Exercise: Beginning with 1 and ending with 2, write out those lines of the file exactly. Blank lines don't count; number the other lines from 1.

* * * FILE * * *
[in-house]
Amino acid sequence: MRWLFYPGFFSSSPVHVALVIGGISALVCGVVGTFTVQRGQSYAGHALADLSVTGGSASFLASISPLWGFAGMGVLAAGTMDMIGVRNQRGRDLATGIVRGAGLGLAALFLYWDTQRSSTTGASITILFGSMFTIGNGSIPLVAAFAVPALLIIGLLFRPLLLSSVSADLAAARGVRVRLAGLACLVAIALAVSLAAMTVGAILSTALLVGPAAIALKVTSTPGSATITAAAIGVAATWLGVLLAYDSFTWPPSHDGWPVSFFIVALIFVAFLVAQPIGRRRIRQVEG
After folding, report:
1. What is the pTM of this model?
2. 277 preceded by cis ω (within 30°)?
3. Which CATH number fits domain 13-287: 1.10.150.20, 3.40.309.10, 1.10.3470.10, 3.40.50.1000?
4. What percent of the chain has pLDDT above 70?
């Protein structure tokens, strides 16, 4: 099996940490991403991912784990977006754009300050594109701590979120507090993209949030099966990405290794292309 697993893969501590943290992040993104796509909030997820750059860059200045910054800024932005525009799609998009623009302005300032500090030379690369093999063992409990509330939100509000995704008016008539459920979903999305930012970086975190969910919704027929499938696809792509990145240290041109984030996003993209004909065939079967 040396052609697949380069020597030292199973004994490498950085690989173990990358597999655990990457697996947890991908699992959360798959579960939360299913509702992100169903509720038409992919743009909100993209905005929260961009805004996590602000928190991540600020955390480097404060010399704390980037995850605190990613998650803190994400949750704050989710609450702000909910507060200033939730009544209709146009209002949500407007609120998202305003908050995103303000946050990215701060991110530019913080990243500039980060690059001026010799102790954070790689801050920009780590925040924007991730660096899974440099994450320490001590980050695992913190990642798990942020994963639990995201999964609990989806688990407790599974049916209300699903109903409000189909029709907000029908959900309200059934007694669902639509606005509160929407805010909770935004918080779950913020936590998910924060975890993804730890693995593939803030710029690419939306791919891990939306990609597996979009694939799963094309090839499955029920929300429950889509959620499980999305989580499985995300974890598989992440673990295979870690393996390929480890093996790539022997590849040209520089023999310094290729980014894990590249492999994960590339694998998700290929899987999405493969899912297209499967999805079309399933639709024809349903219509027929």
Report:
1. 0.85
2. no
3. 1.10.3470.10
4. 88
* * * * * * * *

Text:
[in-house]
Amino acid sequence: MRWLFYPGFFSSSPVHVALVIGGISALVCGVVGTFTVQRGQSYAGHALADLSVTGGSASFLASISPLWGFAGMGVLAAGTMDMIGVRNQRGRDLATGIVRGAGLGLAALFLYWDTQRSSTTGASITILFGSMFTIGNGSIPLVAAFAVPALLIIGLLFRPLLLSSVSADLAAARGVRVRLAGLACLVAIALAVSLAAMTVGAILSTALLVGPAAIALKVTSTPGSATITAAAIGVAATWLGVLLAYDSFTWPPSHDGWPVSFFIVALIFVAFLVAQPIGRRRIRQVEG